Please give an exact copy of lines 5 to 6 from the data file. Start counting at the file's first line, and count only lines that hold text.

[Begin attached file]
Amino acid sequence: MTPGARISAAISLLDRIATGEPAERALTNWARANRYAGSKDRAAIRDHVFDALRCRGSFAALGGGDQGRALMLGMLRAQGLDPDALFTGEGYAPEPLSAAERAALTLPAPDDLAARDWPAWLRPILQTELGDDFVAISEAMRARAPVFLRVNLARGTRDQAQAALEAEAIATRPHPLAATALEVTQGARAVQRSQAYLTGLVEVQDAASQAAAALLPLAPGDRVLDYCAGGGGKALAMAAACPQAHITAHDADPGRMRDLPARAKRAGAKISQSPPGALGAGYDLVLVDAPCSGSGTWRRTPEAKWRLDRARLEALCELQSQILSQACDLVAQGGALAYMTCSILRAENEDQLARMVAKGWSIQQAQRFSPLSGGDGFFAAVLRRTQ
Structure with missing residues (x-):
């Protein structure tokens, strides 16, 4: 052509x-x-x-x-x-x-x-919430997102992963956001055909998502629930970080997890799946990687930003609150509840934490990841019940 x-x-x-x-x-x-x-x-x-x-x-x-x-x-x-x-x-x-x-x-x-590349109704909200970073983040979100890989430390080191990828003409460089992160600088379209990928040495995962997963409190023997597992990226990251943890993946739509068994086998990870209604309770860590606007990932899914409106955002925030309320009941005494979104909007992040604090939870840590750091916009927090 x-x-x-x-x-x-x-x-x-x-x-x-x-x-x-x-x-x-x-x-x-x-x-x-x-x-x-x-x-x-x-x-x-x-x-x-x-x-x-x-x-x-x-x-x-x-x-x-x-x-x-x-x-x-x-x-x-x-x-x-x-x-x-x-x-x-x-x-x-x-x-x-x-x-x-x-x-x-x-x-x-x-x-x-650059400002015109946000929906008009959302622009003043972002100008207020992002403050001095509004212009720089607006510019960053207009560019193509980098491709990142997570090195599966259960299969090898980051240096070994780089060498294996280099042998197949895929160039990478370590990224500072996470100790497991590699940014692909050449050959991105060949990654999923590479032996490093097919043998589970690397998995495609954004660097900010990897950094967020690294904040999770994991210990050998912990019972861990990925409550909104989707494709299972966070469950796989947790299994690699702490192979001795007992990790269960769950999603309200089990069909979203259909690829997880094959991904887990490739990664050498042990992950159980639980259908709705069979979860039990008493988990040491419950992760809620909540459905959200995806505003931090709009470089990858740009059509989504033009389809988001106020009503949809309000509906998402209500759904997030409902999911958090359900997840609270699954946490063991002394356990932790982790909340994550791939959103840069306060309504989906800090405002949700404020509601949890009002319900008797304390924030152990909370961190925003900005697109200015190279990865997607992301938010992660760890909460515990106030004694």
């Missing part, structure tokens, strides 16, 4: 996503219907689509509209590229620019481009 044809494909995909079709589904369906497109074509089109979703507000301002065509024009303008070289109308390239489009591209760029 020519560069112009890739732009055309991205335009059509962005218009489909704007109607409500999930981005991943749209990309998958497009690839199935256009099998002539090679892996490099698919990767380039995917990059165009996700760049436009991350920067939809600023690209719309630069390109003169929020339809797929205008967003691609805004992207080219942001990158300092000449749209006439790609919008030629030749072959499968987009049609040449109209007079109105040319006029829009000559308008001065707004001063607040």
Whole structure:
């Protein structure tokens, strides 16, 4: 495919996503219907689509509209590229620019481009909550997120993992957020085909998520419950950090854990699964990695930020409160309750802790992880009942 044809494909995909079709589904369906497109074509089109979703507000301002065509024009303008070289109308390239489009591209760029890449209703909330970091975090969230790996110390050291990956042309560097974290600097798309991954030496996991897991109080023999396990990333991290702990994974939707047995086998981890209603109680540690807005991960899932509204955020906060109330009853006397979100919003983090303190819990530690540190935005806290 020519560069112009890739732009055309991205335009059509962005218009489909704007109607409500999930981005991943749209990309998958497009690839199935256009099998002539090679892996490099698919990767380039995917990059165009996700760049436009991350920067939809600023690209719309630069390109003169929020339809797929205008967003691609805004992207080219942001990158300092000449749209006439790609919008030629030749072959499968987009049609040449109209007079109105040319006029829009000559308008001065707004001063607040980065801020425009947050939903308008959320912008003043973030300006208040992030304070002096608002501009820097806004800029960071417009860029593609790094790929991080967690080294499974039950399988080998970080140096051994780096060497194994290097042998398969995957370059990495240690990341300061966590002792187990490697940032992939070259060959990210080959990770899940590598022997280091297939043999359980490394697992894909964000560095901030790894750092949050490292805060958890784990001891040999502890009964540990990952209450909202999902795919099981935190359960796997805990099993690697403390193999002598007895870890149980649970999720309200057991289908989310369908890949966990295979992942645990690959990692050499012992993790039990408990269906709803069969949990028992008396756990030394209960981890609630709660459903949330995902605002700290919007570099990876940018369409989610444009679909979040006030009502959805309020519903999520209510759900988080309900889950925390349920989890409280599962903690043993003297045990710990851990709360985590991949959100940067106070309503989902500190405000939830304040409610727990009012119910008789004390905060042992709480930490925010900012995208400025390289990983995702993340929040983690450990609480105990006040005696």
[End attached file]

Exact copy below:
Whole structure:
């Protein structure tokens, strides 16, 4: 495919996503219907689509509209590229620019481009909550997120993992957020085909998520419950950090854990699964990695930020409160309750802790992880009942 044809494909995909079709589904369906497109074509089109979703507000301002065509024009303008070289109308390239489009591209760029890449209703909330970091975090969230790996110390050291990956042309560097974290600097798309991954030496996991897991109080023999396990990333991290702990994974939707047995086998981890209603109680540690807005991960899932509204955020906060109330009853006397979100919003983090303190819990530690540190935005806290 020519560069112009890739732009055309991205335009059509962005218009489909704007109607409500999930981005991943749209990309998958497009690839199935256009099998002539090679892996490099698919990767380039995917990059165009996700760049436009991350920067939809600023690209719309630069390109003169929020339809797929205008967003691609805004992207080219942001990158300092000449749209006439790609919008030629030749072959499968987009049609040449109209007079109105040319006029829009000559308008001065707004001063607040980065801020425009947050939903308008959320912008003043973030300006208040992030304070002096608002501009820097806004800029960071417009860029593609790094790929991080967690080294499974039950399988080998970080140096051994780096060497194994290097042998398969995957370059990495240690990341300061966590002792187990490697940032992939070259060959990210080959990770899940590598022997280091297939043999359980490394697992894909964000560095901030790894750092949050490292805060958890784990001891040999502890009964540990990952209450909202999902795919099981935190359960796997805990099993690697403390193999002598007895870890149980649970999720309200057991289908989310369908890949966990295979992942645990690959990692050499012992993790039990408990269906709803069969949990028992008396756990030394209960981890609630709660459903949330995902605002700290919007570099990876940018369409989610444009679909979040006030009502959805309020519903999520209510759900988080309900889950925390349920989890409280599962903690043993003297045990710990851990709360985590991949959100940067106070309503989902500190405000939830304040409610727990009012119910008789004390905060042992709480930490925010900012995208400025390289990983995702993340929040983690450990609480105990006040005696």